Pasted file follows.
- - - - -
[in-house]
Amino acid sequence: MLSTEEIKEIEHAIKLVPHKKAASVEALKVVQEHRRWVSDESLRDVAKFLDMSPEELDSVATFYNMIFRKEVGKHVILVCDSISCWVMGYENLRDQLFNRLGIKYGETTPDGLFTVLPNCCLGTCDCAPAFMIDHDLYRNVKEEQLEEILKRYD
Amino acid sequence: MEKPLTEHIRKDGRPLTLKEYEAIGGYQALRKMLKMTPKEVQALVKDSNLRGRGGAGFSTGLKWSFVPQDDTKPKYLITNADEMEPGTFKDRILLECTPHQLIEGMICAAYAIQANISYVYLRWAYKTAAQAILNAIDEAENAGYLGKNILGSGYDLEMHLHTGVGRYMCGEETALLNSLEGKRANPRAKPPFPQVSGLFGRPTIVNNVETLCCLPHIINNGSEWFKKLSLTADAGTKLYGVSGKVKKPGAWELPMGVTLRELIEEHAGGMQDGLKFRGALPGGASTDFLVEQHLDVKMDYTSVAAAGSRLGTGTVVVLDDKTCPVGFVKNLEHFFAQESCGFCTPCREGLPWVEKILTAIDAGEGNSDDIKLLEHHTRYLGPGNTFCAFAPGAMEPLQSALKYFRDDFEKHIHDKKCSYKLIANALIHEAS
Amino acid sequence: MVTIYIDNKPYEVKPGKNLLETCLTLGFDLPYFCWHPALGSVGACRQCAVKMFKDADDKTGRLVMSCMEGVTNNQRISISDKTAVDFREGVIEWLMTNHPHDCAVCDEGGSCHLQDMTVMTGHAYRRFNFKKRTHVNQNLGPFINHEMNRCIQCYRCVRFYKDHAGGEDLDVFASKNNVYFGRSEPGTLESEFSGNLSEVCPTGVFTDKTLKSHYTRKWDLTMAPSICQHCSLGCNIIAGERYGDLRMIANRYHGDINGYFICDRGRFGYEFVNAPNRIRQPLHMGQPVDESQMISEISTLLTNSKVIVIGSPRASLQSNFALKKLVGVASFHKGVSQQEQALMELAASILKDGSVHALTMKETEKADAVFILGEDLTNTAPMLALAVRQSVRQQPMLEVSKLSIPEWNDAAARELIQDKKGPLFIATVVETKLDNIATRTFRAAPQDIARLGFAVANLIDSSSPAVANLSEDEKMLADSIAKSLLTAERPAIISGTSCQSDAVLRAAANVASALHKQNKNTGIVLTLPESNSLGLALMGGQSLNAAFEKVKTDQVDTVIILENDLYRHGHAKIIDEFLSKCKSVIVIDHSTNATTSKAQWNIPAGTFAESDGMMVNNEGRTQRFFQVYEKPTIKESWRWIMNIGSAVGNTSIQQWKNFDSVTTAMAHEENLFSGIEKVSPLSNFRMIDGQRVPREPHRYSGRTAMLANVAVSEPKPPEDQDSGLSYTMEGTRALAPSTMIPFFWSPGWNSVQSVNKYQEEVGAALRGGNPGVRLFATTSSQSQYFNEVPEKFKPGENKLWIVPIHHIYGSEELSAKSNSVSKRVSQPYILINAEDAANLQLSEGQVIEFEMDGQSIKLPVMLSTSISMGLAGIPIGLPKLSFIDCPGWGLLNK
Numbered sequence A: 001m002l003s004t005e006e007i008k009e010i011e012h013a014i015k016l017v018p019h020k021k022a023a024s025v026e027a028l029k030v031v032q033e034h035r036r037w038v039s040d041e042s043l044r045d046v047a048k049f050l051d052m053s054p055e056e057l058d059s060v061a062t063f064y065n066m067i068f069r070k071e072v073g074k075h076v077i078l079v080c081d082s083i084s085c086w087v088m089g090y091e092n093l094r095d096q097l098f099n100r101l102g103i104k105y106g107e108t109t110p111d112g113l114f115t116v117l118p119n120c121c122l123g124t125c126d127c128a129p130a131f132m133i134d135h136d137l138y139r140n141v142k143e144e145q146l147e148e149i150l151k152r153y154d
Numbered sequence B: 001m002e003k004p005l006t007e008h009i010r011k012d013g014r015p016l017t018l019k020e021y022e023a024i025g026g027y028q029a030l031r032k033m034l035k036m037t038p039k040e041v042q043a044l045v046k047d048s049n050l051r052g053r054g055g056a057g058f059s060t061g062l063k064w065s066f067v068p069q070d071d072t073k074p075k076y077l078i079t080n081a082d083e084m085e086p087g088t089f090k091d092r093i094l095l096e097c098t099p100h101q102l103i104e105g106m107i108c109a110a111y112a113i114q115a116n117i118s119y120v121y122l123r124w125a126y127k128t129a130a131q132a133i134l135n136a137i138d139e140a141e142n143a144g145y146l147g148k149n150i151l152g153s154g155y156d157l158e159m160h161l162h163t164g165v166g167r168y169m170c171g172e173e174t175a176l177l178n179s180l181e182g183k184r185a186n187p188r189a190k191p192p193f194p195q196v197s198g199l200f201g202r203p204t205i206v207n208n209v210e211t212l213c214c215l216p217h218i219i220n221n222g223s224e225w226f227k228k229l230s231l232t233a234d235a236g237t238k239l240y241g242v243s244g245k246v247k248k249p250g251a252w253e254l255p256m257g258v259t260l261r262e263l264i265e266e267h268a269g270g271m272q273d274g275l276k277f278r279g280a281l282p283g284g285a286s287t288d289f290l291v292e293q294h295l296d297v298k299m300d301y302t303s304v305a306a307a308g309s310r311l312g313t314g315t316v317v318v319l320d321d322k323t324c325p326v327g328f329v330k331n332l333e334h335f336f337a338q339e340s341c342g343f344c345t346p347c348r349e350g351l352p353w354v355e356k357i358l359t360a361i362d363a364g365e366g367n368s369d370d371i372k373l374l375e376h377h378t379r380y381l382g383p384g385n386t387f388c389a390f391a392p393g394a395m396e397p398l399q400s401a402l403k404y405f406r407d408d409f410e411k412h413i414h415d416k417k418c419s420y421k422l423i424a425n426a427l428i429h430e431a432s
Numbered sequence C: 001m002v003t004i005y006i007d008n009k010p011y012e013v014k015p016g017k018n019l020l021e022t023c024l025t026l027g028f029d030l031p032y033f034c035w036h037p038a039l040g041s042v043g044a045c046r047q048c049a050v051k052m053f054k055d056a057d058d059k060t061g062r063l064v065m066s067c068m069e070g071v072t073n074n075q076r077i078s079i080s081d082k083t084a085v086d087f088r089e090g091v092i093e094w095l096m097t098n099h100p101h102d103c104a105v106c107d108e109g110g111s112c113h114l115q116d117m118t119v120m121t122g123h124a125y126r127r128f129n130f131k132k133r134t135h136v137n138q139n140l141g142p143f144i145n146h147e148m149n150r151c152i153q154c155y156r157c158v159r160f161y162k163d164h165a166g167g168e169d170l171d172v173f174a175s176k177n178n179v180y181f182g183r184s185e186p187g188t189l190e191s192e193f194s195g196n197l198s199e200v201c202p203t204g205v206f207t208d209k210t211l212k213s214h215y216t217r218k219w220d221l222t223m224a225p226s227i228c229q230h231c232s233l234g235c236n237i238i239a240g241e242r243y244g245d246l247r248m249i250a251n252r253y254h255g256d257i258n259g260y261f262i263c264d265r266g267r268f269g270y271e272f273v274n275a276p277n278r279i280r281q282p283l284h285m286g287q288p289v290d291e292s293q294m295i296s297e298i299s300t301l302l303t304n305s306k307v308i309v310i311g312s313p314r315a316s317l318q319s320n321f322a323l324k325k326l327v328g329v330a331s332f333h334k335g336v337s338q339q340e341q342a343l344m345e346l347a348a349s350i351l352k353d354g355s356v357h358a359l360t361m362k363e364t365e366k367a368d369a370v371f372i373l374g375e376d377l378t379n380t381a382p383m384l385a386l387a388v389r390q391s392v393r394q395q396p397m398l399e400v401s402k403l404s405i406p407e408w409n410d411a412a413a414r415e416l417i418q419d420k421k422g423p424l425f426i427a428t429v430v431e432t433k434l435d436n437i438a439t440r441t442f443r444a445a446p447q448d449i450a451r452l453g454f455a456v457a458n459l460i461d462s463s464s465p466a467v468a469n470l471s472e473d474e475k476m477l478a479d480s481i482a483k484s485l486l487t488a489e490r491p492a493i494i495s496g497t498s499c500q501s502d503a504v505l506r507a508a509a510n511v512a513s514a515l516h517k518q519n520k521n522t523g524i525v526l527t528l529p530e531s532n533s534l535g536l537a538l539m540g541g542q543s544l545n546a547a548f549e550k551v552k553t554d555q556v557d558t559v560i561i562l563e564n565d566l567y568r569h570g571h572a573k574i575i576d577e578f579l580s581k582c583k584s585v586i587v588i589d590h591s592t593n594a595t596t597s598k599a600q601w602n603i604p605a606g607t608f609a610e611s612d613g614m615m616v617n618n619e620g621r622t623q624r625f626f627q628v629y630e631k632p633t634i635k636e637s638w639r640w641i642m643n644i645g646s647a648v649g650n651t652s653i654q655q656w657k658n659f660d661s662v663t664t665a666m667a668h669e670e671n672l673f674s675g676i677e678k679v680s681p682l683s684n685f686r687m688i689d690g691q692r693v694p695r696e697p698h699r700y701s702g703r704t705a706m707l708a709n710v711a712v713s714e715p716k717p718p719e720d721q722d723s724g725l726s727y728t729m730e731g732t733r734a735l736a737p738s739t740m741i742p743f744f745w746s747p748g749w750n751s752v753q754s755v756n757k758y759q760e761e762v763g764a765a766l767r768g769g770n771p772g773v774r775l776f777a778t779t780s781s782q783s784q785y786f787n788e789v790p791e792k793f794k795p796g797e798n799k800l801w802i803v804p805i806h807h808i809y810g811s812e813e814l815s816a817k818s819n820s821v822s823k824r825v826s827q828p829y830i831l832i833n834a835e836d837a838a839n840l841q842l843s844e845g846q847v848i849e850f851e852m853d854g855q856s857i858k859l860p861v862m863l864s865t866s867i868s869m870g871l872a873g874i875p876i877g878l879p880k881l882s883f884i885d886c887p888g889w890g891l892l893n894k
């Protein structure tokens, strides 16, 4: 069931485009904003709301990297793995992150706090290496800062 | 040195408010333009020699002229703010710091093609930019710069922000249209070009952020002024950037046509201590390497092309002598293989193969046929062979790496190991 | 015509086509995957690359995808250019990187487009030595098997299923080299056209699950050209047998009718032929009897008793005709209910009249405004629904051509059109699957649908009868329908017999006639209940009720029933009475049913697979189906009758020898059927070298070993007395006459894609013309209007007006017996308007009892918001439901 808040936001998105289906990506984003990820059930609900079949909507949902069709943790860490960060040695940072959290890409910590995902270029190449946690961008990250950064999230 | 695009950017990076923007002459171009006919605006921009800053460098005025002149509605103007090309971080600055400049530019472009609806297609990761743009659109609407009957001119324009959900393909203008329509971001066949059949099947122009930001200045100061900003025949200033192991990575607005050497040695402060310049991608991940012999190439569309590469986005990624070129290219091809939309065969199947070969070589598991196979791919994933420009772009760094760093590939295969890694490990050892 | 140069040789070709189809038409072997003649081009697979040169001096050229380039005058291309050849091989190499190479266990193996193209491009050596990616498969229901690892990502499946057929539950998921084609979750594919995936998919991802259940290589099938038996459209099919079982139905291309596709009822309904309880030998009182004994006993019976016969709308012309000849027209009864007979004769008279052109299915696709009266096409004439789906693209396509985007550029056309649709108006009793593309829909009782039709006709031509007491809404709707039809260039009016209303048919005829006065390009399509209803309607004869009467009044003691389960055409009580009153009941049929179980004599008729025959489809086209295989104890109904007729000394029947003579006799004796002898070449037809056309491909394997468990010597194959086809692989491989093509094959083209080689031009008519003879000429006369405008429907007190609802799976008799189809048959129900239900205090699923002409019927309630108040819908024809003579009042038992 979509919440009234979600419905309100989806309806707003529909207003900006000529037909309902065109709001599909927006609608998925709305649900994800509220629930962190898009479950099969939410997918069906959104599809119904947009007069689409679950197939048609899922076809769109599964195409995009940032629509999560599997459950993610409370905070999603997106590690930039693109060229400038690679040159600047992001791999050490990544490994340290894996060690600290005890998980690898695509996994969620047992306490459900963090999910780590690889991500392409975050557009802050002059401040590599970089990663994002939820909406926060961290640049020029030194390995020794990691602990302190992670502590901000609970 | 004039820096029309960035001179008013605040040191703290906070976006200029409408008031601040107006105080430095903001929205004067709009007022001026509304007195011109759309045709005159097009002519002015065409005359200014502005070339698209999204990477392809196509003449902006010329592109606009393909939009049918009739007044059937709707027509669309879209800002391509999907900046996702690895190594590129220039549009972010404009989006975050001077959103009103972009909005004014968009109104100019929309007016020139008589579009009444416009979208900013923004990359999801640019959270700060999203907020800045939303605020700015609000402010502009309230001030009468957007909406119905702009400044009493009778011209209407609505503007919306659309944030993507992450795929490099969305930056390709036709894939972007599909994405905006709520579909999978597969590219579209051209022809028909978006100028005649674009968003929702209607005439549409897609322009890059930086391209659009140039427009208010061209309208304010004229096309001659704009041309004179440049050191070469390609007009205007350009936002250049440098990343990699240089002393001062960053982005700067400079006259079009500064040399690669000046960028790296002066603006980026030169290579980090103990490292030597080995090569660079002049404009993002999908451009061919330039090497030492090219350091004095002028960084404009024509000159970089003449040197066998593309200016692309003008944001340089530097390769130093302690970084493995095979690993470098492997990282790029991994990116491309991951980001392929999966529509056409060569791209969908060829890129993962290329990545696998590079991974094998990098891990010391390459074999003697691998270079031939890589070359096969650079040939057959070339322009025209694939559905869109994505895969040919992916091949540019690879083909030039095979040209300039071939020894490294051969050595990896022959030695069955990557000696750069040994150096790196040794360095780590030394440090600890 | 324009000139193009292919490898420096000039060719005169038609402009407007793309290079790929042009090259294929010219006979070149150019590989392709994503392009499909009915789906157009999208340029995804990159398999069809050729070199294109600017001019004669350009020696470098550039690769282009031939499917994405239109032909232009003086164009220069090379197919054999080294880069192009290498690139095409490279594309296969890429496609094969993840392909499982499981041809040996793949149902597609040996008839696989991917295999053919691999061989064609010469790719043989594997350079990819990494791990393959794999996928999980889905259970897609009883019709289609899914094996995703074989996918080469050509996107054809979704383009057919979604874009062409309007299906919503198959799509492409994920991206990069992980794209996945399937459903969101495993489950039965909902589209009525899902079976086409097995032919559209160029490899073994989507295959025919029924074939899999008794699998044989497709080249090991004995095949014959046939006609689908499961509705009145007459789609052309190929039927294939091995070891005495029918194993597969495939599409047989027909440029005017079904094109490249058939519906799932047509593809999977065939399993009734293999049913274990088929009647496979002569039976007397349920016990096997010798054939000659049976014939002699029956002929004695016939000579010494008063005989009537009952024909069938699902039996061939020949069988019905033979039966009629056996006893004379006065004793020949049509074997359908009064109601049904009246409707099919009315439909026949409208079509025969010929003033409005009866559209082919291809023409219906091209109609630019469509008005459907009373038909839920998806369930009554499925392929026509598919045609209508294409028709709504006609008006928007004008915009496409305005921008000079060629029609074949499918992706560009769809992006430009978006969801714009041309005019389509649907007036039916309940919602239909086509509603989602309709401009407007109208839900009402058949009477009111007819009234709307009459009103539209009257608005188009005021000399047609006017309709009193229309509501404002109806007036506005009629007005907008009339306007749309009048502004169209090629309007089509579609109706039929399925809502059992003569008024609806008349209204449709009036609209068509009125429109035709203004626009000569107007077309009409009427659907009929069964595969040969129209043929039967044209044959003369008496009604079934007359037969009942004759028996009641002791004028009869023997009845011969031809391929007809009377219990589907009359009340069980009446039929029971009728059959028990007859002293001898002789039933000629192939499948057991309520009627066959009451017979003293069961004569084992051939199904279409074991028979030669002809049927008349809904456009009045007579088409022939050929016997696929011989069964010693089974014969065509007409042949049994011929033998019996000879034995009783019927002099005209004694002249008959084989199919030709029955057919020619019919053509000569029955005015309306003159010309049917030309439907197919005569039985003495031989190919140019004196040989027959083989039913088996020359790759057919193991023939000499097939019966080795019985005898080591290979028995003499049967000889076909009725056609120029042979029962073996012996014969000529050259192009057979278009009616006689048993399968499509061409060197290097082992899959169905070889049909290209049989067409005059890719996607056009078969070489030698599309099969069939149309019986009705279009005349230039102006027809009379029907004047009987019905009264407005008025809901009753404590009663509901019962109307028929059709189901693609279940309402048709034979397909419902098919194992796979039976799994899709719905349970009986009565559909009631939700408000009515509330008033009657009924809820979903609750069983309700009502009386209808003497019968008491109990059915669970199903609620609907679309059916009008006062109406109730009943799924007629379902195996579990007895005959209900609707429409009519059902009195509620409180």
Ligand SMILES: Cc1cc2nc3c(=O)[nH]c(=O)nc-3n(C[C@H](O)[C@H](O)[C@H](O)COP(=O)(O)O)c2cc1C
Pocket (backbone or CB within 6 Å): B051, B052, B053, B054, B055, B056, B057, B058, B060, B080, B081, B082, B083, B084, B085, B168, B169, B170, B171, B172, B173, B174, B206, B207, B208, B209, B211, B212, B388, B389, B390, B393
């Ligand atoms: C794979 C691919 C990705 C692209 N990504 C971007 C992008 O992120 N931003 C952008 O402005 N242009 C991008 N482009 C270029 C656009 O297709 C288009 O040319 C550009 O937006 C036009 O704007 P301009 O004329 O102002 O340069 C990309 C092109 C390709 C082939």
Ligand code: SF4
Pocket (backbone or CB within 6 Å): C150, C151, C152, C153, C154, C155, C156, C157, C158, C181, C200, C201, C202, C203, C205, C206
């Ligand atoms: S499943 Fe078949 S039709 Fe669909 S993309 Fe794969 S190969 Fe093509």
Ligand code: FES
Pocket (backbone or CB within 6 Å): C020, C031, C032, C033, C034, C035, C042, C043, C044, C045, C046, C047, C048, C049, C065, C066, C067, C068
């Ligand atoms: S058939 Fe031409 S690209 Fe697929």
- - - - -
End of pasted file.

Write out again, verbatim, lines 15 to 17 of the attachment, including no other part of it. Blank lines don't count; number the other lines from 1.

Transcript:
Ligand code: FES
Pocket (backbone or CB within 6 Å): C020, C031, C032, C033, C034, C035, C042, C043, C044, C045, C046, C047, C048, C049, C065, C066, C067, C068
């Ligand atoms: S058939 Fe031409 S690209 Fe697929």